Ping must come out swinging right away
THOSE are serious charges that columnist Mon Tulfo hurled in an open letter to his (former?) friend Sen. Ping Lacson.
In so many words, the former national police chief was accused of torture and salvaging (summary execution of suspects), coverup in an assassination case, machinations against a brother officer, dishonesty and corruption, looting of the dead, and grabbing the wife of a detainee.
The accusation having been made publicly against a high-profile public official, Lacson’s response cannot be less public. What comes after cannot be a private, hush-hush confrontation between accuser and accused.
It has been two long days after the final installment of Tulfo’s accusatory two-part column came out last Saturday. If Lacson were innocent, he would have come out swinging as early as the morning of that day. It’s now Tuesday.
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WE would blame the imperfections of language for the storm of comments whipped up by the remark of President Gloria Macapagal Arroyo that she might commute any death sentence that may be imposed on former President Erap Estrada at the conclusion of his trial on plunder charges.
The question asked her by visiting Japanese journalists was if she would pardon Erap in case he would be meted death by the Sandiganyaban.
Her answer was no she won’t pardon him. But since she has always been against capital punishment, she said she would most likely just commute the sentence if such a hypothetical situation arises.
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THE President’s response could not have meant that she was looking forward to a conviction, but with the imperfections of language she could have given that impression to some people.
Reacting to leading media questions, Erap himself ended up complaining that GMA was conditioning the public mind to his being convicted.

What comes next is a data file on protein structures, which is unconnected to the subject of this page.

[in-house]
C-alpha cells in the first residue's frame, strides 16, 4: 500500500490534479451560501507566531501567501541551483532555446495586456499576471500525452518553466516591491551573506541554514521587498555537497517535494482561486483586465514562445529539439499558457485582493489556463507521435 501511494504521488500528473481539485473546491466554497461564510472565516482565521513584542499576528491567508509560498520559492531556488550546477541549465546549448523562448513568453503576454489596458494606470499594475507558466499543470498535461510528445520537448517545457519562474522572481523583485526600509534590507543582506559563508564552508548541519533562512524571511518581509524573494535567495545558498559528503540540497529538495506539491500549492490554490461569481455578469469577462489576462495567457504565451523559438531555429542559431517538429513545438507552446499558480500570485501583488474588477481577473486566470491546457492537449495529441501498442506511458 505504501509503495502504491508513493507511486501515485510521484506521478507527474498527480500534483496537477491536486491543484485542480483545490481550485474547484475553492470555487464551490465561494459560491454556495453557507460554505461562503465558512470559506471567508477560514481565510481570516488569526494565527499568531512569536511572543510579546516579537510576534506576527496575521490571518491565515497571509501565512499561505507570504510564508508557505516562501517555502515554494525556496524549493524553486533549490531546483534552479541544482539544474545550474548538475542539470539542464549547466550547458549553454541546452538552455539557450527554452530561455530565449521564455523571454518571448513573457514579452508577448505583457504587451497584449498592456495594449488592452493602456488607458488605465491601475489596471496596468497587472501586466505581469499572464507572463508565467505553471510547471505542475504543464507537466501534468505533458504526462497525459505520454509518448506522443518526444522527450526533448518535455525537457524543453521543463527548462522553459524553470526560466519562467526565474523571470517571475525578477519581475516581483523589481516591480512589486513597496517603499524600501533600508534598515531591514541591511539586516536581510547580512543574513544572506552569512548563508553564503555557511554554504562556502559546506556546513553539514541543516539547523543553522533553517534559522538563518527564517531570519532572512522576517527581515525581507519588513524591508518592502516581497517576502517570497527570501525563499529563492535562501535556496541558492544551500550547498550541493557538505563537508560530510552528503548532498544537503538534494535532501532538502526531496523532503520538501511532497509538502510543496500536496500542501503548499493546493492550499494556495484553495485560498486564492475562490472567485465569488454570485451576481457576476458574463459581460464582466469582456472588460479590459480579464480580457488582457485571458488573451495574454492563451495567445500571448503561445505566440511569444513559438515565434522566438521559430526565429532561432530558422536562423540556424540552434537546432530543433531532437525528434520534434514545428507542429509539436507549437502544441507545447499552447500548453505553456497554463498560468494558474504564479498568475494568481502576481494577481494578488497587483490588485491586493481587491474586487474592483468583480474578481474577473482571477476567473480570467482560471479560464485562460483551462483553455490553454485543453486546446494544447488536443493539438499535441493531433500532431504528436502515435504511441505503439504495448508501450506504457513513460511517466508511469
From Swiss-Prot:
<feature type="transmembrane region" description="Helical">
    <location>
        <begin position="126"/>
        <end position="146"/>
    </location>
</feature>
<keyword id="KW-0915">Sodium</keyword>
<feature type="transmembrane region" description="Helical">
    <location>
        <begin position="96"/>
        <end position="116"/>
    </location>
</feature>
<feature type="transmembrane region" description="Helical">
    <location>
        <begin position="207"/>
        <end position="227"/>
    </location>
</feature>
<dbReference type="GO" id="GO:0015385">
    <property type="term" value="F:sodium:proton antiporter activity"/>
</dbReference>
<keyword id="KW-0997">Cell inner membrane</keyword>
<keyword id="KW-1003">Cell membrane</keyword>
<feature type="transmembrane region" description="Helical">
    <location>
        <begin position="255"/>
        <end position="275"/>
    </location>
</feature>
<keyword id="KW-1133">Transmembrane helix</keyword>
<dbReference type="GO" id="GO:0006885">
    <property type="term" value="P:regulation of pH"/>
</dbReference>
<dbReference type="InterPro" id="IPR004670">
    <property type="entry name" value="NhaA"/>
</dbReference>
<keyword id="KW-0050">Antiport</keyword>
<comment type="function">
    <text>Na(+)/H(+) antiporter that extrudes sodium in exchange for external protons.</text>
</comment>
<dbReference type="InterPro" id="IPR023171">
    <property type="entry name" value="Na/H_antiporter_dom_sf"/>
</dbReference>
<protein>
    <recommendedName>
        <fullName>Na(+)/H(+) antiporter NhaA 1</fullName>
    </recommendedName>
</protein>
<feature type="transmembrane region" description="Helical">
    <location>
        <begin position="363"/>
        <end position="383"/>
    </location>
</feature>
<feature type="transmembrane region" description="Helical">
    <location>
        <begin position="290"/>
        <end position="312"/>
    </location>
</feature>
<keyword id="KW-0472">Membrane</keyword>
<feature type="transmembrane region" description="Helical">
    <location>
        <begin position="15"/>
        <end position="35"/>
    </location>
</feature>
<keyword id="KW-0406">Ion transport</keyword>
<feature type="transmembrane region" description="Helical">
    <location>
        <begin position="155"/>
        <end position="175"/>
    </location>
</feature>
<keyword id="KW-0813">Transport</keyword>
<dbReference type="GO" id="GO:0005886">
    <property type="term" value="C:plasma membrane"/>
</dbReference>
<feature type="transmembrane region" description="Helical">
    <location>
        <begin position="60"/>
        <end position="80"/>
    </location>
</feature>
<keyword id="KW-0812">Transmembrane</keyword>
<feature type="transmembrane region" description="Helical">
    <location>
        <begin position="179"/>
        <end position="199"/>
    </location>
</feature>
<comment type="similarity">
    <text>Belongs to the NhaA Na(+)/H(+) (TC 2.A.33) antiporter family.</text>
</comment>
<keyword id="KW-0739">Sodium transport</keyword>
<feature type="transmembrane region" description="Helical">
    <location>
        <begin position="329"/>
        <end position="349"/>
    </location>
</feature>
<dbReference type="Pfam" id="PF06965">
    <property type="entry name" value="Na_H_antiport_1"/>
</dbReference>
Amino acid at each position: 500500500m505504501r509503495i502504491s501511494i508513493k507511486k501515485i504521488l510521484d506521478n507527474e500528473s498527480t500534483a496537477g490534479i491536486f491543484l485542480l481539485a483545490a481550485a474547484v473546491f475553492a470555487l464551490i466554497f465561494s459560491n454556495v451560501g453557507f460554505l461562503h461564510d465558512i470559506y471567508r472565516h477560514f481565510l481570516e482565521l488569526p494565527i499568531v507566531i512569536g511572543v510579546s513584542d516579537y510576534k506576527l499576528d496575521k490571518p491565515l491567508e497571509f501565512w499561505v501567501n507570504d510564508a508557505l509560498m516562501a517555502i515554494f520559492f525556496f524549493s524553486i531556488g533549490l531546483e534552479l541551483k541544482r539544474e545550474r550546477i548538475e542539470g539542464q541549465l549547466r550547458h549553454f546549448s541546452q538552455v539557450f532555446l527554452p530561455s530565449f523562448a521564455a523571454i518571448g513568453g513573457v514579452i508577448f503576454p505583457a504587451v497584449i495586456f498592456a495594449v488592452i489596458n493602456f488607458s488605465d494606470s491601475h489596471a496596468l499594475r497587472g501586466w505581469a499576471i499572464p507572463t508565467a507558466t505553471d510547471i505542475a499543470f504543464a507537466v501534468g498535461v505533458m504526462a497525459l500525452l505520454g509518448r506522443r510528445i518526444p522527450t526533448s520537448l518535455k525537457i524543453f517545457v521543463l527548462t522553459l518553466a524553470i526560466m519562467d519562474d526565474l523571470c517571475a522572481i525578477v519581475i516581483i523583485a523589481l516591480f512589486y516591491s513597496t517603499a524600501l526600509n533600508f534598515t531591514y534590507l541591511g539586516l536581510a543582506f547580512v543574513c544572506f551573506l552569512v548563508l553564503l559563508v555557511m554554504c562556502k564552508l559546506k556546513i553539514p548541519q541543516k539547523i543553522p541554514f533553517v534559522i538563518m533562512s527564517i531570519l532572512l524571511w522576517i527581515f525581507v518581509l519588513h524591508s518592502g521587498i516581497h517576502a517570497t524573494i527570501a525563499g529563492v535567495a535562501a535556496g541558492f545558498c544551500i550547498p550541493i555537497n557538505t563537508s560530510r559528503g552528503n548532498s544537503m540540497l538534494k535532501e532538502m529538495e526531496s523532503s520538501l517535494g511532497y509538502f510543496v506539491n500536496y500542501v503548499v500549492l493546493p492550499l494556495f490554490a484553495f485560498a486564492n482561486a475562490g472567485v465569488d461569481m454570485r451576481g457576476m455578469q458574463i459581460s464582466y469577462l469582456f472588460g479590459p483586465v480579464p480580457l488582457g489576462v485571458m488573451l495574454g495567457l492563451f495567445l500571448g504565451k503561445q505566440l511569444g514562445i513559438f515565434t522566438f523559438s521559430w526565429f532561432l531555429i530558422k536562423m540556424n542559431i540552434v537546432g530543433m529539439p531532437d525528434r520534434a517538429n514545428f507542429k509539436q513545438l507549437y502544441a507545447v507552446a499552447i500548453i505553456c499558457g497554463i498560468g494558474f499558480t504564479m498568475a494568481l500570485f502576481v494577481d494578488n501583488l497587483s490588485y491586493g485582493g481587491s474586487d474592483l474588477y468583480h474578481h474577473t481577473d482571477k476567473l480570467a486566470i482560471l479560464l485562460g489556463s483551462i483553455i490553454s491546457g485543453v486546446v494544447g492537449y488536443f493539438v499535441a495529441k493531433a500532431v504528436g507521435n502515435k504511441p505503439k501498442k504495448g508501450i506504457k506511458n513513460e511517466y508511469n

A lesson that GMA could learn from that flap was to be very wary when thrown hypothetical questions. There are smart public figures who just smile and decline to answer tricky hypothetical questions, especially if asked on the run or in ambush interviews.
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BETTER still, the President should not comment at all on the case of Erap. The basic reason is that it is already being heard by a separate branch of government. No talk, no mistake.
Besides, this country is so beset by gargantuan problems that the President should not waste her time commenting on a case already being handled by a co-equal branch of government.
She cannot say anything, or do anything, impinging on Erap’s case that cannot be interpreted in two opposite ways. Such is the imperfection (or richness, depending on the perspective taken) of language.
Of course she can always follow up any controversial remark with a clarification, but the harm has been done.
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SOME sectors were reported as saying that even if she wanted to, the President may not pardon Erap (if convicted) because the Constitution bars pardon for impeachable offenses.
We beg to disagree. What the charter bars is presidential pardon for officials who are convicted in an impeachment trial. (Incidentally, there is also a ban on presidential pardons for those convicted for electoral offenses by the regular courts.)
The ongoing process at the Sandiganbayan, a judicial body, is criminal in nature. It is not an impeachment trial and is therefore not covered by the prohibition against pardons for impeached officials.
Note also that since Erap is no longer president, he is no longer an impeachable official. He faces the Sandiganbayan not as an impeachable official but as a respondent in a criminal case.